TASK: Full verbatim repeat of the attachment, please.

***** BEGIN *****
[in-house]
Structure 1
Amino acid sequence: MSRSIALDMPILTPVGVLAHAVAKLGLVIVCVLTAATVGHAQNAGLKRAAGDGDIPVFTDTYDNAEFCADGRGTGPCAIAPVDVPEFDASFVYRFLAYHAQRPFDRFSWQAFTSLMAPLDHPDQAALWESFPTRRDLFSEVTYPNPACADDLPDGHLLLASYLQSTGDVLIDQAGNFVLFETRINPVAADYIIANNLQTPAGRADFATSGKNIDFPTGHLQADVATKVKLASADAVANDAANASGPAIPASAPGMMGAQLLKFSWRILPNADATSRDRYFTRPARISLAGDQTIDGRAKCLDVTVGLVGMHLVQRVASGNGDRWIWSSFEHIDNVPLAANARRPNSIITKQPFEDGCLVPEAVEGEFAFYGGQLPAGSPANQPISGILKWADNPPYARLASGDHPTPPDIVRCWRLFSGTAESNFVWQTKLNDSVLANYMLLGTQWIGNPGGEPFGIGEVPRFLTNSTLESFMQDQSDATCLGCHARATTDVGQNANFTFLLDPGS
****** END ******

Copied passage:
[in-house]
Structure 1
Amino acid sequence: MSRSIALDMPILTPVGVLAHAVAKLGLVIVCVLTAATVGHAQNAGLKRAAGDGDIPVFTDTYDNAEFCADGRGTGPCAIAPVDVPEFDASFVYRFLAYHAQRPFDRFSWQAFTSLMAPLDHPDQAALWESFPTRRDLFSEVTYPNPACADDLPDGHLLLASYLQSTGDVLIDQAGNFVLFETRINPVAADYIIANNLQTPAGRADFATSGKNIDFPTGHLQADVATKVKLASADAVANDAANASGPAIPASAPGMMGAQLLKFSWRILPNADATSRDRYFTRPARISLAGDQTIDGRAKCLDVTVGLVGMHLVQRVASGNGDRWIWSSFEHIDNVPLAANARRPNSIITKQPFEDGCLVPEAVEGEFAFYGGQLPAGSPANQPISGILKWADNPPYARLASGDHPTPPDIVRCWRLFSGTAESNFVWQTKLNDSVLANYMLLGTQWIGNPGGEPFGIGEVPRFLTNSTLESFMQDQSDATCLGCHARATTDVGQNANFTFLLDPGS